After two months of corporate and legal battles, six dissident shareholders of Baltimore Bancorp are scheduled to assume their seats tomorrow on the board of directors of the bank holding company.
But the fight over control of the state's fifth largest banking operation will continue as the dissidents try to bring 10 more allies onto the board to secure a majority of the seats.
Baltimore Bancorp, the parent of the Bank of Baltimore, is scheduled to hold a board meeting tomorrow, according to Jerome Baroch, senior executive vice president for Baltimore Bancorp.
Baltimore Bancorp management, which had resisted seating the dissidents, will now admit the six new members after a decision last week by U.S. District Judge J. Frederick Motz. "That's kind of a done deal," said Baroch.
The six new board members are:
* Charles H. Whittum Jr., a retired executive from Signet Bank and its Maryland predecessor, Union Trust Bank.
* Richard E. Fasold, president of Treasury Bank in Washington.
* Dr. David S. Hungerford, professor of orthopedic surgery at Johns Hopkins Hospital.
* Charles J. Kelly Jr., chairman of the Washington investment group, Capital Strategy.
* J. Richard Leon, president of James Madison Mortgage Co.
A proxy fight involves soliciting votes from shareholders for a slate of candidates for a company's board of directors.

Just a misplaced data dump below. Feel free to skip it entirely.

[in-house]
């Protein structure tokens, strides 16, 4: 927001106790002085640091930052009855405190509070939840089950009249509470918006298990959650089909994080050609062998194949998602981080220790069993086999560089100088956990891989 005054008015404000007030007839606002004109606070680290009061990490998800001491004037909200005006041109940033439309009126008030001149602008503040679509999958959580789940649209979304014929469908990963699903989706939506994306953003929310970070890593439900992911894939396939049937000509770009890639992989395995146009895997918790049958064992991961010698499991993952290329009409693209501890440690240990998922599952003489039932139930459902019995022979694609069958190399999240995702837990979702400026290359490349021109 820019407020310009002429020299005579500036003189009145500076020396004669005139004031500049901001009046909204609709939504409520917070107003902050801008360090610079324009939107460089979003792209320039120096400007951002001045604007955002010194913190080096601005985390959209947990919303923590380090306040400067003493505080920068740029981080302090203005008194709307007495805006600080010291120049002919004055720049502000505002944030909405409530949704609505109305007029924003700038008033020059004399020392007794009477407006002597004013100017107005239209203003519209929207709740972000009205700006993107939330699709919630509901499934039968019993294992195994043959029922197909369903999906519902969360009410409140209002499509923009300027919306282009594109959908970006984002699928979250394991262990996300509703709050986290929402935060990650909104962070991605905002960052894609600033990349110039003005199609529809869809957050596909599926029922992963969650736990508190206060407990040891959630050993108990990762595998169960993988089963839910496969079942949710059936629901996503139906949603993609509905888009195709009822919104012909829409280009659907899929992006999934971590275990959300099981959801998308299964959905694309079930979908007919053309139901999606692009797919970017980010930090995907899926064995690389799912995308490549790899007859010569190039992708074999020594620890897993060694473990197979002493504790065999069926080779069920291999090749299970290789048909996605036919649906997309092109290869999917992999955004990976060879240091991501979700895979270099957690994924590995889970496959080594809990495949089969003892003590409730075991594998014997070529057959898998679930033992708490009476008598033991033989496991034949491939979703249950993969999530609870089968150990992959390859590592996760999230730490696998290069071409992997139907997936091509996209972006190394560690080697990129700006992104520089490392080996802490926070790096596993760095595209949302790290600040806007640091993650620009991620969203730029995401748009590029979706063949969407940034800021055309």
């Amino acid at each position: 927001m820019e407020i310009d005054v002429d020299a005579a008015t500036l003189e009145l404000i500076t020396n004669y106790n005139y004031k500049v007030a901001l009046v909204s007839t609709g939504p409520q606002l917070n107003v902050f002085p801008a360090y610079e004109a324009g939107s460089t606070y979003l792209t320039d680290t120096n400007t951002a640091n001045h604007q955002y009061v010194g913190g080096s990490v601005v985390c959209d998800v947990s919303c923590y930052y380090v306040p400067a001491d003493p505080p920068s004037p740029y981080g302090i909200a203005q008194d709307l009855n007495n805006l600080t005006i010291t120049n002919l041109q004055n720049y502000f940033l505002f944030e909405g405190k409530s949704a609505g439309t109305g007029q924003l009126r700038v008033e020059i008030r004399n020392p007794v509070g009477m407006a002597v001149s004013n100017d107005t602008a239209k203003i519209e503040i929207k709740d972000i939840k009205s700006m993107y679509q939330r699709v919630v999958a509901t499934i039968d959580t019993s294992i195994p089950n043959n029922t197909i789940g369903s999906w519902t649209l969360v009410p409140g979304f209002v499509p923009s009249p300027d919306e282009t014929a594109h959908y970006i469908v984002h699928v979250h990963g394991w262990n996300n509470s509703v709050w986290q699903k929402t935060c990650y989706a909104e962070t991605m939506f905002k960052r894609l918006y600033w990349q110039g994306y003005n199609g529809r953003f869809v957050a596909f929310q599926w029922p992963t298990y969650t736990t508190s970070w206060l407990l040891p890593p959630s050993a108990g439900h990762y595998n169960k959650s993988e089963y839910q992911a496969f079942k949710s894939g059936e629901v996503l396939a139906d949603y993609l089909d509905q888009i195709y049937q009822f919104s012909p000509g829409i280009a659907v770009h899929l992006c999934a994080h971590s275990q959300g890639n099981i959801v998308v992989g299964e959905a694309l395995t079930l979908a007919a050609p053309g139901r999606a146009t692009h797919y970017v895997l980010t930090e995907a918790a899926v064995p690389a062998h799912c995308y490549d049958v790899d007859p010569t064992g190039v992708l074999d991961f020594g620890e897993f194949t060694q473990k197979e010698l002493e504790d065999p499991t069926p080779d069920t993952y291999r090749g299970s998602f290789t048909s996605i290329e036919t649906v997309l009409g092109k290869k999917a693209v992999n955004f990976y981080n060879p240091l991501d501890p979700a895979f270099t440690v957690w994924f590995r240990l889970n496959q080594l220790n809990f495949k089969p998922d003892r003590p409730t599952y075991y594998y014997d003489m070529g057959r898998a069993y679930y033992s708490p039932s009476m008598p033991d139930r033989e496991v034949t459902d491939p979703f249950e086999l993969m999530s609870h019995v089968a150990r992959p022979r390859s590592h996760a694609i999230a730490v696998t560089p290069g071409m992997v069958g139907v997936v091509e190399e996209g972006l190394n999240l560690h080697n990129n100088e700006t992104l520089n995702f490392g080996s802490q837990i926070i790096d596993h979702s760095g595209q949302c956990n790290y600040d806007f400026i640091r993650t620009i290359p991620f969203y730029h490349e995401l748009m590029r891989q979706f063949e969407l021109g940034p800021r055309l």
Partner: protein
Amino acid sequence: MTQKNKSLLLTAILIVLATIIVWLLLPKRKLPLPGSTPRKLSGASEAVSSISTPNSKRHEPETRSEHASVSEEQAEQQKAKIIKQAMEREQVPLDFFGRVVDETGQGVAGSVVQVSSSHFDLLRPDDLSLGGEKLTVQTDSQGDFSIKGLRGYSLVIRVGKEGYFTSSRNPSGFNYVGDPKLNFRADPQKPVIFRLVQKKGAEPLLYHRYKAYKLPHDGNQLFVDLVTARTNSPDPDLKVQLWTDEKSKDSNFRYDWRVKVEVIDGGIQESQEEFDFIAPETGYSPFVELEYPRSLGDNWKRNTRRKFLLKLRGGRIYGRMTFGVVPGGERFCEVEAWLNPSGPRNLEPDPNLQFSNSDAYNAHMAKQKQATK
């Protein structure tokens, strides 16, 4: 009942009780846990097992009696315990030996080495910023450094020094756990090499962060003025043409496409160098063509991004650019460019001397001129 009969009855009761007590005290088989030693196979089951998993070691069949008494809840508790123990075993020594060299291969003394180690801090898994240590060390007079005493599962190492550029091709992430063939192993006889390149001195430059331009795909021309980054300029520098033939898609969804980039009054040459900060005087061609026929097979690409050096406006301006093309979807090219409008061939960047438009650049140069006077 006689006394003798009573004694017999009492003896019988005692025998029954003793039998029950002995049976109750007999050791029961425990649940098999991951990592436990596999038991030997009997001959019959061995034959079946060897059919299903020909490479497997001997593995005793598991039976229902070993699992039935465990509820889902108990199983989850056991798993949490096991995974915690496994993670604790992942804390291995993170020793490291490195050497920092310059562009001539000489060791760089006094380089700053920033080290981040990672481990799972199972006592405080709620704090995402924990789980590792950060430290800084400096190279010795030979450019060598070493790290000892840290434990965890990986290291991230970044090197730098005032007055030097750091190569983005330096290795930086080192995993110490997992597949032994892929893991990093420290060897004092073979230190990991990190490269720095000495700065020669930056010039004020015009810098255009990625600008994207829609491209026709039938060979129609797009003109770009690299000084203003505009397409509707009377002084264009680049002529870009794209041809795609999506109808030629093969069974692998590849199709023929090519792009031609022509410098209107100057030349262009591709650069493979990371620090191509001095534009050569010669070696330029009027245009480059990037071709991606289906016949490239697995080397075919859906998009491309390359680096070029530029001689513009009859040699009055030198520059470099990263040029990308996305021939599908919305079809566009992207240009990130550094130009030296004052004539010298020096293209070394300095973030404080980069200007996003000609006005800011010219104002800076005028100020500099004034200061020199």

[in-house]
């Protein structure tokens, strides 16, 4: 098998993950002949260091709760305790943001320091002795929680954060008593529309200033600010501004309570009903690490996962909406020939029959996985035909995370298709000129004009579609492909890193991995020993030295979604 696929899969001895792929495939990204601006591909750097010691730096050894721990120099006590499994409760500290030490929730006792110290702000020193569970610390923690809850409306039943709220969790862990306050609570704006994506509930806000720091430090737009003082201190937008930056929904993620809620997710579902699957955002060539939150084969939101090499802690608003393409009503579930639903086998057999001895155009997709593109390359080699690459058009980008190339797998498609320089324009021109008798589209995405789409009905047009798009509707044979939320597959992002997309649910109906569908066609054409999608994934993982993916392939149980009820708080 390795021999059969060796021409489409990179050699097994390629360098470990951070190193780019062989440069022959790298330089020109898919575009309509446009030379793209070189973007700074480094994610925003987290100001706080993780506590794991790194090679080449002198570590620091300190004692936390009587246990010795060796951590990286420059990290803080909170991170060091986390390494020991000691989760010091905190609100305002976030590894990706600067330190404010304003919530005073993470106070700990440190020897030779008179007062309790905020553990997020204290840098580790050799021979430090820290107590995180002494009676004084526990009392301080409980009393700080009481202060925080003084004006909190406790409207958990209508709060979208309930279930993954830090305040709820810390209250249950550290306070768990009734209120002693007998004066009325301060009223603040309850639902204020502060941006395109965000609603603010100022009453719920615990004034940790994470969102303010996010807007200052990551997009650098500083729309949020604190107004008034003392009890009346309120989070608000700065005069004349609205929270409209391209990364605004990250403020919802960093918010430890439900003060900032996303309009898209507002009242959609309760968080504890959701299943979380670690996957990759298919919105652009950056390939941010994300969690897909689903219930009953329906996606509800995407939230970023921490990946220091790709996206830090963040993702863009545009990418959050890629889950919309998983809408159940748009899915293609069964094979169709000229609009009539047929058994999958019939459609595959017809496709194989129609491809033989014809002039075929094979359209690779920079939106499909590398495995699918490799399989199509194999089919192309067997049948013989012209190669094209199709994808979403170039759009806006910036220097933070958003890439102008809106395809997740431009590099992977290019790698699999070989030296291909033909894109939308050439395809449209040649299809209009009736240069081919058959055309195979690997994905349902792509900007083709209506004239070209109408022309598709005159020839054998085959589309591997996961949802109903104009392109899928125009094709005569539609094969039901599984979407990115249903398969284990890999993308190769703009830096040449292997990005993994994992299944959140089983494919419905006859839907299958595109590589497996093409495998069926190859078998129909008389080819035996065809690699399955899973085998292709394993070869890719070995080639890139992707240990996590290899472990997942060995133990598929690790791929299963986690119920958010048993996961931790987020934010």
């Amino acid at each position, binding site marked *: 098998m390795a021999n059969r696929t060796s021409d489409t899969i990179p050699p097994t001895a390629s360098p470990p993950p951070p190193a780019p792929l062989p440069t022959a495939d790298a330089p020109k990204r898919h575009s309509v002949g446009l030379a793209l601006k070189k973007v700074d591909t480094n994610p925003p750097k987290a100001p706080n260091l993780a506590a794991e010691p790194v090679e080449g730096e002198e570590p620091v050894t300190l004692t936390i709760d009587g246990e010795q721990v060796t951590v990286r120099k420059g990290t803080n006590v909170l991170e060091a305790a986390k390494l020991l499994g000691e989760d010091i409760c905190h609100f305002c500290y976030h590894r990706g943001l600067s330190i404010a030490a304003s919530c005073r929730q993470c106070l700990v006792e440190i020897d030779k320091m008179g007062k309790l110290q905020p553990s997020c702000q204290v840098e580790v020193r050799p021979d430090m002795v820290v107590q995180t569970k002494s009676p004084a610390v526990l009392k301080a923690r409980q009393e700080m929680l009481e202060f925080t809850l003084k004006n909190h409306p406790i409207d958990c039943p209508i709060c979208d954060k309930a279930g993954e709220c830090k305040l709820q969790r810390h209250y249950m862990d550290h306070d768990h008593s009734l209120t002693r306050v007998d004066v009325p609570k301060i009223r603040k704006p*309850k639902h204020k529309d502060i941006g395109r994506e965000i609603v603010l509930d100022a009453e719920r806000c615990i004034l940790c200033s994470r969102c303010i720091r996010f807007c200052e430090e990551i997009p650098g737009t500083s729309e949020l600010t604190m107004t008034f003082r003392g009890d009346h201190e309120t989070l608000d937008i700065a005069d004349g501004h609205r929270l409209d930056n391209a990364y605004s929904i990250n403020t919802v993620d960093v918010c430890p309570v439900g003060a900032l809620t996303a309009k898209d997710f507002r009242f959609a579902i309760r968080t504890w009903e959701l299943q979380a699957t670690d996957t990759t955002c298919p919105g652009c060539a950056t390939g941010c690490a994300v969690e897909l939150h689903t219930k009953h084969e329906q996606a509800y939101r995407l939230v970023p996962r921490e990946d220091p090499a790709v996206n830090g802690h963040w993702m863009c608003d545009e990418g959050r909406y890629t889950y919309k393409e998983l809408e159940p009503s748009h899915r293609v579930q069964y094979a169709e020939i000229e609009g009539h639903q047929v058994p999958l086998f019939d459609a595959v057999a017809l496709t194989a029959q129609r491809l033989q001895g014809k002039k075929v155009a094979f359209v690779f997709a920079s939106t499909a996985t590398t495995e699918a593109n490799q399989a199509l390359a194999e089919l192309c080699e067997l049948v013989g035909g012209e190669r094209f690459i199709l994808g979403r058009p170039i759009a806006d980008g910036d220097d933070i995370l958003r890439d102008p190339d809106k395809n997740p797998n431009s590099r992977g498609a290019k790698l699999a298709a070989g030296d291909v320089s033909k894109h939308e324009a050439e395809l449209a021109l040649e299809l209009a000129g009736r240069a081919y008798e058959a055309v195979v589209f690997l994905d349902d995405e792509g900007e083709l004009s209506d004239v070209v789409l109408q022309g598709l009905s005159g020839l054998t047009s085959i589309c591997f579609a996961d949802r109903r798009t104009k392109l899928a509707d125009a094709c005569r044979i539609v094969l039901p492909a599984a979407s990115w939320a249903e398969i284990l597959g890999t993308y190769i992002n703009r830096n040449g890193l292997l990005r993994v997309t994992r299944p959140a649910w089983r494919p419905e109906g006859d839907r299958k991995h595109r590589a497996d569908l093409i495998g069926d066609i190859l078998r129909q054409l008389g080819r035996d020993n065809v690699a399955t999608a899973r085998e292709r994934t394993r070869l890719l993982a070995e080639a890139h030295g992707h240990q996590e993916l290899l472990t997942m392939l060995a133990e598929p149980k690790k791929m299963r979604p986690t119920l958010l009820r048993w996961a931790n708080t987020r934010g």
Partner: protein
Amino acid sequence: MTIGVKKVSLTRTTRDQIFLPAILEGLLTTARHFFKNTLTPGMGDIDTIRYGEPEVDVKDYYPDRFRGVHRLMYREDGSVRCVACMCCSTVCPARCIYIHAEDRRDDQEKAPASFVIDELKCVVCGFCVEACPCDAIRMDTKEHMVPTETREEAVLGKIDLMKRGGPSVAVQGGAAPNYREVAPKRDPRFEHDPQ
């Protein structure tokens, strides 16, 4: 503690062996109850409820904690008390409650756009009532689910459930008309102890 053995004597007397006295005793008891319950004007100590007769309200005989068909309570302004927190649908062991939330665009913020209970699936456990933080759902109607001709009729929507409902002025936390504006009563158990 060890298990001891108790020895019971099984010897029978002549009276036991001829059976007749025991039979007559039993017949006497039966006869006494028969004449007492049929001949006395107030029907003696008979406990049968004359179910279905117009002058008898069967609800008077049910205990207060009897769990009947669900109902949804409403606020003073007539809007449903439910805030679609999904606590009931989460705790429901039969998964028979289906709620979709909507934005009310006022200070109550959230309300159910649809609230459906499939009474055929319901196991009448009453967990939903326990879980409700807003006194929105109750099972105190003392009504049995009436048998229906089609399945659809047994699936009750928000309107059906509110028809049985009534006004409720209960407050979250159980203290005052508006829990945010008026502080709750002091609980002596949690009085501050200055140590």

At the annual meeting on May 22, only 6 of the 18 board positions were up for election. In order to gain a majority on the board, the Hale group made a proposal to increase the number of seats from 18 to 28 and then fielded a total of 16 candidates.
While all of Hale's 16 candidates won majority votes, the vote on the motion to enlarge the board is in dispute.
The battle over whether the other 10 dissident shareholders will get on the board will return to the courtroom early next month.
The Hale group filed an appeal on Monday with the 4th Circuit Court of Appeals. Briefs in that case are to be filed on Monday and reply briefs are due on Wednesday, according to Daniel Burch, executive vice president of Dewe Rogerson Inc. the proxy-solicitation firm working for the dissidents. He said a hearing should take place on or before July 8.
The dissidents are appealing Motz's order last Friday that another shareholder election be held to decide whether Baltimore Bancorp's board will be expanded from 18 to 28.